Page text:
Ban Hate: A plea against online bullying

November 28, 2011
Terrell and Janna Wiebe |

Whenever I don’t feel like doing a chore that I need to do, music has always helped me accomplish the task. In Jr. High, I LOVED cleaning my room, because I would put on my favorite BSB cd’s and rock out all Saturday afternoon. My mom would come in to check on me after a while, possibly concerned that it was taking me so long. What she would find was a spotless room and me with a sore throat from belting out classics like “I want it that way” and “Larger than Life.” Since then, my “guilty pleasure” music (GPM) has helped me through years of undesirable chores like unpacking from a holiday and sorting and folding laundry.

The other day while I was making myself some lunch, I thought I’d hit up YouTube and listen to some GPM. My choice that day was old school Justin Bieber – “One Time” to be exact. My last roommate at university went to school in Stratford and we were living together when the song came out, and we used to cook meals and do dishes to this song often.

As the song ended, I went to search another song. But before that I thought I’d browse some of the comments on the song. BAD IDEA. As my husband mentioned in his first post on this blog, user comments usually just make us angry! And this one sure did. But it made me more than angry – it made me sick.

Here it is (un-edited):



Descent Music Listeners, you rock. On 24th DECEMBER we will all be visiting Justin Biebers 'One Time' video which has over 160 million views.

On that day everyone must flag, leave a negative comment and dislike the video. Help us destroy this modern autotune music that has ruled the world. The goal is to make the dislike bar bigger than the like bar. Copy and paste this to good vids: ANYTHING GOOD! Thumbs up this plan. THUMBS up


This disturbs and disgusts me for a variety of reasons: This post assists the planning of a pre-meditated online attack against a 17 year old boy. YouTube should pull comments like these down but has not. Justin’s song “One Time” is not autotuned and there are many other artists that rely more heavily on autotune than JB. And do the “descent music listeners” not have anything better to do on CHRISTMAS EVE than bully someone online?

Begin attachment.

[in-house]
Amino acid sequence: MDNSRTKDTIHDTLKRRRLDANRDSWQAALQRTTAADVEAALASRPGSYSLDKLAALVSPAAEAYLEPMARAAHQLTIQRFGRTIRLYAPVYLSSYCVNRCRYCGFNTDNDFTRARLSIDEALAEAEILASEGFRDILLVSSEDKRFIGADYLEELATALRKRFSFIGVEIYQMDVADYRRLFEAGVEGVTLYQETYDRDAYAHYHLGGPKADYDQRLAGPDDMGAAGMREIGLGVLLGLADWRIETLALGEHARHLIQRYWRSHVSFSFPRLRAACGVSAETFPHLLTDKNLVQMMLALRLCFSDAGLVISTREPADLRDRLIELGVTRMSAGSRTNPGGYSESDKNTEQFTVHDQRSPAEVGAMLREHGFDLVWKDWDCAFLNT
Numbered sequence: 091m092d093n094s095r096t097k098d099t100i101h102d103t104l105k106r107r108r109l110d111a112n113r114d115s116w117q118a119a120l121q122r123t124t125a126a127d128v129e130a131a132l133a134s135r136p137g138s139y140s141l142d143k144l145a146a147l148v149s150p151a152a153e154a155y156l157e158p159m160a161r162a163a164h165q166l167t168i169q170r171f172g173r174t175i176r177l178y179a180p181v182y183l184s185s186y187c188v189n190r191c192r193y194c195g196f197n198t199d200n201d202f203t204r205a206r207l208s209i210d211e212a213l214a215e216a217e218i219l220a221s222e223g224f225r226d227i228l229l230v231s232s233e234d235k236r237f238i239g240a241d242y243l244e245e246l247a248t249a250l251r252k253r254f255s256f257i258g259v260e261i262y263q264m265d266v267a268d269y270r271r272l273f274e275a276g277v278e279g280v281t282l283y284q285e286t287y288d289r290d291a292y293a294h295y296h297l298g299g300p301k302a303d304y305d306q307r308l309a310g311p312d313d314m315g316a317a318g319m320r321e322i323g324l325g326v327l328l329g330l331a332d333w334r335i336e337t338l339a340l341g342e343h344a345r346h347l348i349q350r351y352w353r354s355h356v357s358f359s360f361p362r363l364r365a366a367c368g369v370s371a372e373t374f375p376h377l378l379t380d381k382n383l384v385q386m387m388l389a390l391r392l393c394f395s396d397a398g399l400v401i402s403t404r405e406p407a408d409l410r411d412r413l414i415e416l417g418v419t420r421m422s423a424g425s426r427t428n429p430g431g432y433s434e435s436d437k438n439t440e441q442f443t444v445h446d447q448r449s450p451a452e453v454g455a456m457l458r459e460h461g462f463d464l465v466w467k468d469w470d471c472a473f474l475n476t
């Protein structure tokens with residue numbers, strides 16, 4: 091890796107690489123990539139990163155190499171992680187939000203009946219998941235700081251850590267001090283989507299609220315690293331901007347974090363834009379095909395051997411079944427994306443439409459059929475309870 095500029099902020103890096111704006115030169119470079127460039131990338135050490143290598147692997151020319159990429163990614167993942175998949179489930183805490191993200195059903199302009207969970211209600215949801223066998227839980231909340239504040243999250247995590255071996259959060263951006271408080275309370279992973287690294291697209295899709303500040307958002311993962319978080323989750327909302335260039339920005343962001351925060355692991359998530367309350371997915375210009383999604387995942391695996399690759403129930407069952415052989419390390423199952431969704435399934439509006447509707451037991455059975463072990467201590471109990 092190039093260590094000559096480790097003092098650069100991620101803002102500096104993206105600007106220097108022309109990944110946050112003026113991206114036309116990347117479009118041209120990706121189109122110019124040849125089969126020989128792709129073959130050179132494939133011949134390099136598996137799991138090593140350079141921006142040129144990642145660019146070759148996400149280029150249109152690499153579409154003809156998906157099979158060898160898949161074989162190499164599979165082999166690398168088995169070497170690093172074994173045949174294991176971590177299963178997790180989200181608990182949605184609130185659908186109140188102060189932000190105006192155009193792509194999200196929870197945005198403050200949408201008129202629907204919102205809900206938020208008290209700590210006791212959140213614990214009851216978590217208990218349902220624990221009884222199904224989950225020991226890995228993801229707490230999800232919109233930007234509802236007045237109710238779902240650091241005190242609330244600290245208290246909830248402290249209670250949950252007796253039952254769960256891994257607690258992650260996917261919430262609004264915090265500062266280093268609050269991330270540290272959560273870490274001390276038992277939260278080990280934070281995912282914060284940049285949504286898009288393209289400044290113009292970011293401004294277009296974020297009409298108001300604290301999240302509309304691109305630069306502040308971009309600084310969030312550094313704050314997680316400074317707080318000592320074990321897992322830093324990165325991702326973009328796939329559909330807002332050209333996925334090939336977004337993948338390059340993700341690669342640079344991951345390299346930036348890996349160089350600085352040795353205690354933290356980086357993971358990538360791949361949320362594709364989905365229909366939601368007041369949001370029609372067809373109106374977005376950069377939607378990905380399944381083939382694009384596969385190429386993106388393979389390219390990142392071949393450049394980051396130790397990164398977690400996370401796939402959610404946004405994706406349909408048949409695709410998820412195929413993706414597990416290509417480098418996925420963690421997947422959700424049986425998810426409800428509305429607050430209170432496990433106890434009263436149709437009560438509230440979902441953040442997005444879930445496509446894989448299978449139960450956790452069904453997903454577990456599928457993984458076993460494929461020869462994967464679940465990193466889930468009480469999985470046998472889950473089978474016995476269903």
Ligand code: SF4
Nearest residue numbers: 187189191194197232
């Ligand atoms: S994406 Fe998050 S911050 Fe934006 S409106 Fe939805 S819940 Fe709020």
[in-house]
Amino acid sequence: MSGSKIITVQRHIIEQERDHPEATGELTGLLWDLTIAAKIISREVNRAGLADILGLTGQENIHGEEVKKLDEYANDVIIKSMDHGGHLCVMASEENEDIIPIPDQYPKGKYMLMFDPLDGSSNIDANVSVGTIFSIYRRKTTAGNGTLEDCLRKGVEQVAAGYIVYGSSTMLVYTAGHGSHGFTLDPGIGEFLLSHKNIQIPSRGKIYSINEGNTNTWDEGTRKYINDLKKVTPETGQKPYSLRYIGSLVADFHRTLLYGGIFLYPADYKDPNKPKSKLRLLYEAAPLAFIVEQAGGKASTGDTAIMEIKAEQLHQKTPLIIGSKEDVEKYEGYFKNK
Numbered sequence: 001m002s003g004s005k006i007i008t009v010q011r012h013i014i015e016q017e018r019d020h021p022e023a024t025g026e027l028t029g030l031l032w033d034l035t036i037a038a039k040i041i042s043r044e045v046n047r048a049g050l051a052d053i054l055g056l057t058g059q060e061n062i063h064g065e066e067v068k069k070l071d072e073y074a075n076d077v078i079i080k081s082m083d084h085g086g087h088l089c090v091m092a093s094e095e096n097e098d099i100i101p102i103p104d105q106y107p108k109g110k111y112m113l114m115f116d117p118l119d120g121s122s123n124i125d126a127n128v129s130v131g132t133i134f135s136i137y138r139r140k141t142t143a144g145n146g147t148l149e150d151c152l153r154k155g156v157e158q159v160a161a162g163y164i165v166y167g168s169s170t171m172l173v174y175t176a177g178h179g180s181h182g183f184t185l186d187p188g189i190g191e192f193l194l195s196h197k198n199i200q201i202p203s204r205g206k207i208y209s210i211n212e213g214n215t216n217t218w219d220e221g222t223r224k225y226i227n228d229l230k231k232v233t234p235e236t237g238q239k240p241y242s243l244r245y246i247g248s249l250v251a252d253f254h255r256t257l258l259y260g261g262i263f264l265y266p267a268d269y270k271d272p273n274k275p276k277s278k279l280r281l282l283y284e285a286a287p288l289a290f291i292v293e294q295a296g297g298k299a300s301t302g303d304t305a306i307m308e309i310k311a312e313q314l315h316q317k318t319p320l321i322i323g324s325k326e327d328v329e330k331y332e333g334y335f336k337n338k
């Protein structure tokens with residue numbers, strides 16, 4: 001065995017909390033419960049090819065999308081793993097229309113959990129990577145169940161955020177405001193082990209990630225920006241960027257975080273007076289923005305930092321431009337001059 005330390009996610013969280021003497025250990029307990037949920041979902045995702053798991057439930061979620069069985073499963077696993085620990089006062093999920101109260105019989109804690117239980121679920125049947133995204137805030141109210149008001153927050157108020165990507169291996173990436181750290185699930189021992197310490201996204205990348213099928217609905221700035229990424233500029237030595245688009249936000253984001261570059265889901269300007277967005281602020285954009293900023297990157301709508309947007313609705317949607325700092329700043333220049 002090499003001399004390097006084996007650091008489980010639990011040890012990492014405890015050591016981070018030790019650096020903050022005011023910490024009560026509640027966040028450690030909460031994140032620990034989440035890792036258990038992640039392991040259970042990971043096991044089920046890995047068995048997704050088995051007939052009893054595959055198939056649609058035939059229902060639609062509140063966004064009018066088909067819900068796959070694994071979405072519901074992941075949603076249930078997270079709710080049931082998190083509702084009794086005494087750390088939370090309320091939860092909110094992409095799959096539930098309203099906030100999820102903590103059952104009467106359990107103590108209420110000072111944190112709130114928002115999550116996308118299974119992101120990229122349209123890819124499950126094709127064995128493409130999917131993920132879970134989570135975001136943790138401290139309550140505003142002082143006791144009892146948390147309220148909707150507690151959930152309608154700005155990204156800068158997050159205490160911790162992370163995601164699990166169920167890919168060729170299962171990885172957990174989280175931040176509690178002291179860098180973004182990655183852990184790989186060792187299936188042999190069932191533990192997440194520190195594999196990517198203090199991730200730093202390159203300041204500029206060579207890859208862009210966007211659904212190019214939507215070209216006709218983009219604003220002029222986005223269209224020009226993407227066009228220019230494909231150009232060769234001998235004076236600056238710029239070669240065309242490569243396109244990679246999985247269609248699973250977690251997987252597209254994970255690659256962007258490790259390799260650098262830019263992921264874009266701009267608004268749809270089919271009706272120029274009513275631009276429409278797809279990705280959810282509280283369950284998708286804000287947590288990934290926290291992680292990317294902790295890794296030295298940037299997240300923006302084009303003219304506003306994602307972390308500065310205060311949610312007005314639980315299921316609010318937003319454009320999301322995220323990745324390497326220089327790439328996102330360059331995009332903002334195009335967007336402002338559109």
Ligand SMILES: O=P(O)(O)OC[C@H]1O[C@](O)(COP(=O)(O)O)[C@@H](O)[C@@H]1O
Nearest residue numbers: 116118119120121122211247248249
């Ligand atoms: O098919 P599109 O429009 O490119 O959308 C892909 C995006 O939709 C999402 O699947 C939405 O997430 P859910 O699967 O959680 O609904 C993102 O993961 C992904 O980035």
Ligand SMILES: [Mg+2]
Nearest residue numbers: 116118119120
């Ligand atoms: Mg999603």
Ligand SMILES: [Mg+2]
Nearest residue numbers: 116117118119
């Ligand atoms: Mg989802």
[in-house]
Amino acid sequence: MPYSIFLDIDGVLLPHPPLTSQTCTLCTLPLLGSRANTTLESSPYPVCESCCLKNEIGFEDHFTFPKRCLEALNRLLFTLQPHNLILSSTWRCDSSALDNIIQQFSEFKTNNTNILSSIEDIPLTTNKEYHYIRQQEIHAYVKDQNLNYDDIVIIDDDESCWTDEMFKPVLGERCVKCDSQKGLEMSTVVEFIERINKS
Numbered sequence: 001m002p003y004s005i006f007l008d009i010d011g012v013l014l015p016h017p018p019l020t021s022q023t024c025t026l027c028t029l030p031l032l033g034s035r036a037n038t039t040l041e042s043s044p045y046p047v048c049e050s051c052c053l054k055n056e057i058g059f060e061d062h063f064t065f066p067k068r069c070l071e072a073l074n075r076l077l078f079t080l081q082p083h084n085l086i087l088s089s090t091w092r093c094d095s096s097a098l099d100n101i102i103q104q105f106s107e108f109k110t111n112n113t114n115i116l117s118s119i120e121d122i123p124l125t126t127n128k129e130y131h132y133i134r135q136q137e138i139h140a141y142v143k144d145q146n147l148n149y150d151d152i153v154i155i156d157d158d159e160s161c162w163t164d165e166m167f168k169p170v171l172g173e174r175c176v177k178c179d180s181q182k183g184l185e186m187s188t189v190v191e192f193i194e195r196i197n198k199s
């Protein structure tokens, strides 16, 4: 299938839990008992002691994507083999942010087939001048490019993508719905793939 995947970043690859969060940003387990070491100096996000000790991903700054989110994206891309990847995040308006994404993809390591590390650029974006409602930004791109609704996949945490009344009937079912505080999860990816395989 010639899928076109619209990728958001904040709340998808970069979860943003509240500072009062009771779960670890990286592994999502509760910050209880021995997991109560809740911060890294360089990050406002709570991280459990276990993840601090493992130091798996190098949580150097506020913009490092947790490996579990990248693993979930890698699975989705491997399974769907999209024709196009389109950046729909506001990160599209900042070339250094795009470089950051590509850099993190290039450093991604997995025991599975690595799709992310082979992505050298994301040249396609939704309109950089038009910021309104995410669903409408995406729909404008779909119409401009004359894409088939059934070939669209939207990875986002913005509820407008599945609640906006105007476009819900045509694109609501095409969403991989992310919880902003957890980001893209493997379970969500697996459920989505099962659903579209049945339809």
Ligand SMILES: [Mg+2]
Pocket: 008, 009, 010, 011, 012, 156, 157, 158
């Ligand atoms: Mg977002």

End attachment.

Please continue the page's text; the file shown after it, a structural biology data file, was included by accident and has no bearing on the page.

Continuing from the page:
I am getting really sick of people hating on particular celebrities and how it seems to be universally acceptable to do so. Another example of such hatred was the reaction to Nickelback playing the half-time show at this year’s Grey Cup. While I personally do not particularly like Nickelback, I did not feel the need to start a Facebook group about how they should all die or about their sexual orientation (which, by the way, IS NOT AN INSULT. So let’s all stop using the word “gay” in a derogatory way! Thank you). Nor did I feel the need to start a petition against their performance, or boo them when they arrived.

I have come to believe that this type of behavior is a direct correlation with the online bullying that has caused many teens to commit suicide this year.

We, as adults (no matter how young or old we are), need to watch how we talk about people or write about people online, especially around kids and youth. If we encourage or even refuse to discourage this type of online behavior towards celebrities, we only make it acceptable for this generation to speak this way about people they actually know.

One comment on Justin Bieber’s “Baby” video says, “I Wanna Kill Justin Gayber,Stupid Gay,Thumbs Up.” The user’s profile shows a picture of a 13-15 year old boy. This comment is disturbingly similar to comment’s left on Buffalo teen Jamey Rodemeyer’s blog. Jamey was a 14 year old who committed suicide in September after receiving comments like this on his blog: 'JAMIE IS STUPID, GAY, FAT ANND UGLY. HE MUST DIE!'

2011 has been a devastating year for teen suicides. Statistics say that over 300 youth in Canada take their life every year, and that suicide is the third leading cause of death among teens in the USA. Online bullying has become an increasing factor for these suicides. A major factor in online teen bullying is that adults aren’t aware of what their children are up to online with so many teenagers online through their cell phones and personal computers.

It is up to us to set an example against bullying, even online. If you let your kids talk about celebrities in a hateful way, then your kids are going to feel empowered to dehumanize people they actually know.

Let’s refuse to empower hate.

Let your life shine acceptance and love.



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